A healthy breakfast is a key factor in helping a child with ADHD begin her/his day well. This can be very challenging for parents because sometimes it’s so hard to determine what to offer or how to make sure that we are giving our kids the right combination of foods.
So what does the ideal breakfast for a child with ADHD look like?
Most of us provide a high carbohydrate food in the morning, thinking that this is what kids need to start their day. We don’t realise that giving a child who has ADHD food rich in carbohydrates – such as waffles, toast, or fruit loops – can be a recipe for disaster. The excess of carbs results in unstable blood sugar levels throughout the day and can mean your child loses focus in the classroom and is easily distracted and restless.
The ideal breakfast for a child with ADHD contains lots of proteins, plus fruit and veg as well as carbohydrate from whole grain. Protein plays an important role in the treatment of ADHD because it helps stabilise blood sugar levels. There are two healthy proteins that are considered to be the most effective in maintaining the mood of an ADHD child: tryptophan, which is also known as the relaxing amino acid, and tyrosine, which is a neurostimulant that increases the dopamine level. These proteins help regulate attention, mood, memory and cognition because they keep the brain properly nourished.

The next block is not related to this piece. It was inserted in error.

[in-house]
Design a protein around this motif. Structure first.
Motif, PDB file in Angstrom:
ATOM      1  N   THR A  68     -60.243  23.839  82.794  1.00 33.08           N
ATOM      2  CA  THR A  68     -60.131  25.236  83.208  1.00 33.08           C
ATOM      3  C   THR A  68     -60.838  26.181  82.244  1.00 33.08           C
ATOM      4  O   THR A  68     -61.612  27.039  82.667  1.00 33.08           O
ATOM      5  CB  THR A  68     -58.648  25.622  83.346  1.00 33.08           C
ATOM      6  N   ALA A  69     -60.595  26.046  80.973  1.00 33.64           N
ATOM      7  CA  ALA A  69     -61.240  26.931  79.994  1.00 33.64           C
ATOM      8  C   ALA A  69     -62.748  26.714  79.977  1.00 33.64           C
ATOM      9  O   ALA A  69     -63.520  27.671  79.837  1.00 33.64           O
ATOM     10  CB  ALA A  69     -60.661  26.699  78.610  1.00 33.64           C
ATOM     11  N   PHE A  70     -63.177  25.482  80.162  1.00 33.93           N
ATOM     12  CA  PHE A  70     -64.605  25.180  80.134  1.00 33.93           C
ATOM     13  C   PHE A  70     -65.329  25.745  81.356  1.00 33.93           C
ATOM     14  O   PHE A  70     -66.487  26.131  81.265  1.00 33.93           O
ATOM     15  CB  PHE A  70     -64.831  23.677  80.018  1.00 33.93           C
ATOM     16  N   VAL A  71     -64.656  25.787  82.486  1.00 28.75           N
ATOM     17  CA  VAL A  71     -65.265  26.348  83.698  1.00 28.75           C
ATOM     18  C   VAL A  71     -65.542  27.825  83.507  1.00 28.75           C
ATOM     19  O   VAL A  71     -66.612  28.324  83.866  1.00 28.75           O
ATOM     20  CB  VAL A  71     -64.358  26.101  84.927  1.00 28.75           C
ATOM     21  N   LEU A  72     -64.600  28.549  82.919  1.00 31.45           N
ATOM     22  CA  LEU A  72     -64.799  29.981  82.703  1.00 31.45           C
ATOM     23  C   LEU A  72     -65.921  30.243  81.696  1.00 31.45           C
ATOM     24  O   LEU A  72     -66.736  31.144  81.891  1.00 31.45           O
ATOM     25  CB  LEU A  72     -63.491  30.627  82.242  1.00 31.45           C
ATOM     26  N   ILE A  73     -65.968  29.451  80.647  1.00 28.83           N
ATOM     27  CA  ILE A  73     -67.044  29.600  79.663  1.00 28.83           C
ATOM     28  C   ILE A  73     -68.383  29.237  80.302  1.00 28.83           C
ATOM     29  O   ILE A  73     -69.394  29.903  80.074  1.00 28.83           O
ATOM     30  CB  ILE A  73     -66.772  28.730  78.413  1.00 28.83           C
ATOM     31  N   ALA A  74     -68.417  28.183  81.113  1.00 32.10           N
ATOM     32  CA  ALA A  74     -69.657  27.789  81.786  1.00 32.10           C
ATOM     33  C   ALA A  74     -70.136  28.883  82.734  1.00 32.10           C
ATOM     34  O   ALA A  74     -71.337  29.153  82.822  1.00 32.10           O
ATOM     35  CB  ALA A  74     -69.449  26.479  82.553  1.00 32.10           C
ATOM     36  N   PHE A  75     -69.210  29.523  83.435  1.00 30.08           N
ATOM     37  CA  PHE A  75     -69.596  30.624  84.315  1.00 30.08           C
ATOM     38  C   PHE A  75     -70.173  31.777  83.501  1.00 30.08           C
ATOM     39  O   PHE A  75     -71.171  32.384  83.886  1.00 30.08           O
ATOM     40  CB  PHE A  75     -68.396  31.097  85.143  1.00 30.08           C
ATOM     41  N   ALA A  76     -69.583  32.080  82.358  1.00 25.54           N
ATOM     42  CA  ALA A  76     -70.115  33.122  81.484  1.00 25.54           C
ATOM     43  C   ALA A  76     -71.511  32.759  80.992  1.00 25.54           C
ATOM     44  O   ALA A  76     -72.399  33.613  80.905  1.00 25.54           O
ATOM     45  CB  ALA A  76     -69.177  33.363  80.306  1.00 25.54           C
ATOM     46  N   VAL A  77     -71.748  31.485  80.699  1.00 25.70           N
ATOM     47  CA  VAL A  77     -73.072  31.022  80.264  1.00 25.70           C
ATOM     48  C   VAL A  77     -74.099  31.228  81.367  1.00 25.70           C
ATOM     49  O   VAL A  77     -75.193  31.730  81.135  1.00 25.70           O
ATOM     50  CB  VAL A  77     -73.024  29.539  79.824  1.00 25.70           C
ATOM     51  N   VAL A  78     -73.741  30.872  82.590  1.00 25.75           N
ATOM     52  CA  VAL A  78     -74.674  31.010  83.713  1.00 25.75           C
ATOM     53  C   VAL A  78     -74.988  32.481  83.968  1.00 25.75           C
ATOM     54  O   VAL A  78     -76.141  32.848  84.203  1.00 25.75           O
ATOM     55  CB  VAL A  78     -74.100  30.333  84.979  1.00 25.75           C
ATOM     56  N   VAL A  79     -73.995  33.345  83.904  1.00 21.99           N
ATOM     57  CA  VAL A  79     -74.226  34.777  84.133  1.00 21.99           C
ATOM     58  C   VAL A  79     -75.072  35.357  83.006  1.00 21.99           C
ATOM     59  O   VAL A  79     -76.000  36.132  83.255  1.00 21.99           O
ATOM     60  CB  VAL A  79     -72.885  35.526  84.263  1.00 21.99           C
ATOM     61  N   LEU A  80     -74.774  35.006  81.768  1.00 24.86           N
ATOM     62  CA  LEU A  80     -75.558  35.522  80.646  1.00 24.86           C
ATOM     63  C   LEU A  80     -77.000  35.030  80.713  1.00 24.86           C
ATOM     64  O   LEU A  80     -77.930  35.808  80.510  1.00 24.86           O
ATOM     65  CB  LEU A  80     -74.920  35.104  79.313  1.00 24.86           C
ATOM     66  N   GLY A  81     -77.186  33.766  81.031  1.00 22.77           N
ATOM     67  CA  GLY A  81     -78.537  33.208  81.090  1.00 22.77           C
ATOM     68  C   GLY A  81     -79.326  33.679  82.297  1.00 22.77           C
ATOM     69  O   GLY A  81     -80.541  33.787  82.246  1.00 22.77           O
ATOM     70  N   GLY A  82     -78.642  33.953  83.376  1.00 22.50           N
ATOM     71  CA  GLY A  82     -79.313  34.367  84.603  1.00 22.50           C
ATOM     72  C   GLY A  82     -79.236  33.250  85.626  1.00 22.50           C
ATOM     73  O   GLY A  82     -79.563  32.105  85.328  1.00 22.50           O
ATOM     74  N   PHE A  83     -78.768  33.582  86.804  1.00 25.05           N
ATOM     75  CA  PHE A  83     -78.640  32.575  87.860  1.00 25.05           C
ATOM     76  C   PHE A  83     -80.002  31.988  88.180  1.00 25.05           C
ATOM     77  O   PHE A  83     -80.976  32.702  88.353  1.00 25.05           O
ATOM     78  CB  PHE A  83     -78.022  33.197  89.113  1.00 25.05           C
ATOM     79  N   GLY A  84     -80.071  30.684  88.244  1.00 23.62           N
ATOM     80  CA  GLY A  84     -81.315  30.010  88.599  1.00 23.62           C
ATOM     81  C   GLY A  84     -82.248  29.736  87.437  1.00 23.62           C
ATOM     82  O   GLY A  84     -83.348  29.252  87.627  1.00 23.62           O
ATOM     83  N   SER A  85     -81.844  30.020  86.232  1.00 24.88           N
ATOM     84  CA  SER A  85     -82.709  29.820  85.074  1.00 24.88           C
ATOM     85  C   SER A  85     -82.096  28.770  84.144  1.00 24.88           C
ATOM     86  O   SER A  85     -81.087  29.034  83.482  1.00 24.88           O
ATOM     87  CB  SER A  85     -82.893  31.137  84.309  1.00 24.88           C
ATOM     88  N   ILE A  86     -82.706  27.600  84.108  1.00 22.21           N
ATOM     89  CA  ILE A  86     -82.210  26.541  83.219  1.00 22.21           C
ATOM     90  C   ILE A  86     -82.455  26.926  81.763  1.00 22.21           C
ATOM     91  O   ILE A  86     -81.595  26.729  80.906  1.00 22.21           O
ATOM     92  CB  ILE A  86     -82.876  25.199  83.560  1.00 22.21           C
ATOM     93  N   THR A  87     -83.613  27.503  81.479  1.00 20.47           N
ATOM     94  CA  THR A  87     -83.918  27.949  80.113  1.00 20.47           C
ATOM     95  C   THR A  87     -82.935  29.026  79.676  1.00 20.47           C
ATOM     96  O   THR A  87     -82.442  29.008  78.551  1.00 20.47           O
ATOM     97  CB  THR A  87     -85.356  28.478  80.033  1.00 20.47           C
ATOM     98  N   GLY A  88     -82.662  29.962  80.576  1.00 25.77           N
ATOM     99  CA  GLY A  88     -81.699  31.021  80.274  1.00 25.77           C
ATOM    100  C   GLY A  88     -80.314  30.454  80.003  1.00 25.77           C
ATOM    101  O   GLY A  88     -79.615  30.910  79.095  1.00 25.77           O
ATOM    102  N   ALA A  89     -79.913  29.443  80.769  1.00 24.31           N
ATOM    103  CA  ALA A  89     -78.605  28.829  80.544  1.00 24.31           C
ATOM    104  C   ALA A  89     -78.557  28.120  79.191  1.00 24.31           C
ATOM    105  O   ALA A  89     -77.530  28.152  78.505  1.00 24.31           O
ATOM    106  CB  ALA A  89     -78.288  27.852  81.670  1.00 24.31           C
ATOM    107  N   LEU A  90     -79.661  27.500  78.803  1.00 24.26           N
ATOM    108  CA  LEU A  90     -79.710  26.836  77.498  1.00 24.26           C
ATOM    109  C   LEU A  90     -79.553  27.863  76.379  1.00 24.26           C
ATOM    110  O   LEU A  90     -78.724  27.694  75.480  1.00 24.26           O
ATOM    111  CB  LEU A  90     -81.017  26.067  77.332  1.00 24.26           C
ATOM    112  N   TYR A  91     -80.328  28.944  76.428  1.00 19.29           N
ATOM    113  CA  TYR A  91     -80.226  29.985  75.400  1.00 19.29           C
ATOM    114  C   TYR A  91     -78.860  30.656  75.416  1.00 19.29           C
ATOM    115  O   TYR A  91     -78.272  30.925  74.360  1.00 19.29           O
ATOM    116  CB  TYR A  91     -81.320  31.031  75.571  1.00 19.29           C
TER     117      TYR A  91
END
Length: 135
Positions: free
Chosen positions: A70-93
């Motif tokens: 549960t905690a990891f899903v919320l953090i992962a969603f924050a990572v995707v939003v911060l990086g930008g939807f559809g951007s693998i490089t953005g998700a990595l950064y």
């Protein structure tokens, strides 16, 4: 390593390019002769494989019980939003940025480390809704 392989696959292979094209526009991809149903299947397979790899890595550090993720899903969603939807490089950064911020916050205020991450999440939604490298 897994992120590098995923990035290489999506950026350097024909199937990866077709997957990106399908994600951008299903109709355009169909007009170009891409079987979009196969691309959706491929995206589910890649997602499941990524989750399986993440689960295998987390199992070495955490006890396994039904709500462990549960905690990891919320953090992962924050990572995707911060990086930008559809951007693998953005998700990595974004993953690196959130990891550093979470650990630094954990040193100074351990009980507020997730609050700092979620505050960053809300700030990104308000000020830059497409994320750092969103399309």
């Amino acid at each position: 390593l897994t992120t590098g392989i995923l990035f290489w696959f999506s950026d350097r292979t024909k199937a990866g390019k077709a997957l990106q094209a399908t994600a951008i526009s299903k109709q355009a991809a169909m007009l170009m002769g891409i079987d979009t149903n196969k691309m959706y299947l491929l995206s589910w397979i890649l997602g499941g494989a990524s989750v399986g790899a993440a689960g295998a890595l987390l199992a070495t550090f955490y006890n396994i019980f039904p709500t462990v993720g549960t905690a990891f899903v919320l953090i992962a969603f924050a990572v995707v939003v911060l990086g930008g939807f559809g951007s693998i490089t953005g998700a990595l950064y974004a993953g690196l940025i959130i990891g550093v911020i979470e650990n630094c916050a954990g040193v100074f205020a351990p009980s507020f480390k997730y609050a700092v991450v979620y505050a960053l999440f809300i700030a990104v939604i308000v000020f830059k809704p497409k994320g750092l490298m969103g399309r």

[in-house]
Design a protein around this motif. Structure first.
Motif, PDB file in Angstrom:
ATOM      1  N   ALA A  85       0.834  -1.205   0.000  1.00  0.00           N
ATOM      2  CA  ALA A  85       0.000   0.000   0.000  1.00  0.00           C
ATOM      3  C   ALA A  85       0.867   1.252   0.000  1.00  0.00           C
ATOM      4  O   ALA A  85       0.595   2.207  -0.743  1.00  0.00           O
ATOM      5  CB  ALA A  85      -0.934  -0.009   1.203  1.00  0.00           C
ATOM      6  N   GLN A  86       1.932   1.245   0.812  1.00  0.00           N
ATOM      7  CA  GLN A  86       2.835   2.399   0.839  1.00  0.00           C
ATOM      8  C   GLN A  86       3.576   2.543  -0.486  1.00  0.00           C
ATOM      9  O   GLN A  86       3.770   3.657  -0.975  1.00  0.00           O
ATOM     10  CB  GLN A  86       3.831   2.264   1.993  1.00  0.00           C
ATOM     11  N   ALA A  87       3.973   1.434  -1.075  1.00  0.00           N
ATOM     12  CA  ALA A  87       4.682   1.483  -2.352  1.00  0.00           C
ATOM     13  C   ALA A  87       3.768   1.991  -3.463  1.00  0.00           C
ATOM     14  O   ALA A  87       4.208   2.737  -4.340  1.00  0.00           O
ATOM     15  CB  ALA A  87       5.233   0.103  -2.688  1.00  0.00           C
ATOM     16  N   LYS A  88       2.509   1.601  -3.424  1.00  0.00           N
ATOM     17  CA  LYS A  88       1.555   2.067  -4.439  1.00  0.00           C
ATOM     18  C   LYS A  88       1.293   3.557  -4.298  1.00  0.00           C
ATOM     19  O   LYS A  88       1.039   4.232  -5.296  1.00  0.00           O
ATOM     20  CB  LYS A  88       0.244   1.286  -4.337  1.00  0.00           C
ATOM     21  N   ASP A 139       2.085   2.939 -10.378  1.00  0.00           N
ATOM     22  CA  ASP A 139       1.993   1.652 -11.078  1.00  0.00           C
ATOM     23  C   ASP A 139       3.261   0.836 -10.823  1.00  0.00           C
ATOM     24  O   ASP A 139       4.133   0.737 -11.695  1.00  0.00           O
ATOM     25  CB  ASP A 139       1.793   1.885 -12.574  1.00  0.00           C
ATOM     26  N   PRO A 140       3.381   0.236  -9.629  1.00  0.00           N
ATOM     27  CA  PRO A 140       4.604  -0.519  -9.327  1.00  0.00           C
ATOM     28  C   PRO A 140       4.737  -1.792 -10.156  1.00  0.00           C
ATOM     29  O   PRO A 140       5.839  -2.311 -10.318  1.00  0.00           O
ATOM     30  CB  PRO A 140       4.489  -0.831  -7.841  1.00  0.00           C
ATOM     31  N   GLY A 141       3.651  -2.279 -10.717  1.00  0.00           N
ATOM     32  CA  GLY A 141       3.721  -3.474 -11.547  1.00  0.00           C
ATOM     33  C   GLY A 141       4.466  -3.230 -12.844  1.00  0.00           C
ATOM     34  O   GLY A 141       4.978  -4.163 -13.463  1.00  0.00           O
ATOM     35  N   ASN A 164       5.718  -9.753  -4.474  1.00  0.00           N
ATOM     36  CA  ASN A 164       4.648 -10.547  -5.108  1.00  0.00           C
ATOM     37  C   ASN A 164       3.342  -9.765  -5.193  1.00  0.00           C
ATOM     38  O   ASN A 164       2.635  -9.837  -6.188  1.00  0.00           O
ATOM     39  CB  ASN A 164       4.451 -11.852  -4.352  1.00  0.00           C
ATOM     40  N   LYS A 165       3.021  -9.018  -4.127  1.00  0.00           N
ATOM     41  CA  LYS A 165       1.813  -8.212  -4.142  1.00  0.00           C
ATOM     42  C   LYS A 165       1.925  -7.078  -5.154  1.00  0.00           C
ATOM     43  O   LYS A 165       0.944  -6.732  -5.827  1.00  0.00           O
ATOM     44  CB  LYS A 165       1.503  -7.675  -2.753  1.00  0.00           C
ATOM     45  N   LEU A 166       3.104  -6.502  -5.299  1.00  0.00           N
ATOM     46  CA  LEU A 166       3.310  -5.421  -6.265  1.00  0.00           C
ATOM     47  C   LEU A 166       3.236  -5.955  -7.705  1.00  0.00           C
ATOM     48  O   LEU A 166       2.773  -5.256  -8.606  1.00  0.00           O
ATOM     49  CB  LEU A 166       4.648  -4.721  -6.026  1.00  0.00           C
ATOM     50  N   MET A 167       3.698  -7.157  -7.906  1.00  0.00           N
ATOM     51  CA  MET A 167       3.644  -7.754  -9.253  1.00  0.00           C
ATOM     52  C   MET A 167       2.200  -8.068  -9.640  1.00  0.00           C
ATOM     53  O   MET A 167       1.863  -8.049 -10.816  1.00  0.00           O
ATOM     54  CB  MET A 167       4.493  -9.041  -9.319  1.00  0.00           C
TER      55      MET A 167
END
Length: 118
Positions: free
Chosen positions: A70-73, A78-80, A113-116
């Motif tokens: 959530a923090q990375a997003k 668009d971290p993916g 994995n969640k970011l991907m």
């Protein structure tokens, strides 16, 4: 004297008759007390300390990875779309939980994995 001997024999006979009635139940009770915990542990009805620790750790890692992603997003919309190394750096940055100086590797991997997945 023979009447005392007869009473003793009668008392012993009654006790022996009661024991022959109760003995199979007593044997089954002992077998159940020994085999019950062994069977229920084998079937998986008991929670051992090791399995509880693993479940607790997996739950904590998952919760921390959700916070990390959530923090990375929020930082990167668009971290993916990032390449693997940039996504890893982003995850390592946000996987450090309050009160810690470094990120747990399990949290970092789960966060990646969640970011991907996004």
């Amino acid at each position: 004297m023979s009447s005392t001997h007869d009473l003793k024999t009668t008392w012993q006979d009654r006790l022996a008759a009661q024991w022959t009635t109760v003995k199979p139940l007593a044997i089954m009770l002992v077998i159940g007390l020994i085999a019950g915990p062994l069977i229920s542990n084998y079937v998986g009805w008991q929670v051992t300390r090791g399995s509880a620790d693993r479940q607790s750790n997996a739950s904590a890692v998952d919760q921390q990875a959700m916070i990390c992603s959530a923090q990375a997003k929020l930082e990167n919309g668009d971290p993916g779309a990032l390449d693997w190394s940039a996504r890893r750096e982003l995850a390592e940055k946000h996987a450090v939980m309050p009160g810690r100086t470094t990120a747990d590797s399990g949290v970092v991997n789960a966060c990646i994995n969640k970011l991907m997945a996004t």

Avoid processed foods because they often include chemicals like refined sugars and high fructose corn syrup, which deplete vitamins like folic acid that aids amino acid to synthesize neurotransmitters. Instead, including lots of fruit and vegetables helps give your ADHD kid the vitamins and minerals that the body needs.
These are some of the foods that are good for an ADHD child:
Proteins: Eggs, cheese, yoghurt, full fat milk, salmon, nuts, peanut butter (look for natural ones without extra sweeteners), lean meats and poultry (chicken/turkey slices, ham etc), baked beans
Fruit and veg: Bananas, apples, oranges, spinach, fruit juices, homemade fruit smoothies/milkshakes
Whole wheat and whole grain bread and cereals (e.g. Weetabix, Shredded Wheat)
Avoid low fat or fat free foods – these are stuffed full of sugar to make them taste good, and anyway, fat is actually GOOD for the brain! And be aware that many breakfast cereals are actually bad for an ADHD child because of the enhanced sugars within them that can affect attention and feelings. Go for wholewheat cereals like Weetabix or instead of cereal, offer fruits and starchy foods that burn sugar slowly and do not affect a child’s behavior or emotions in the same way.
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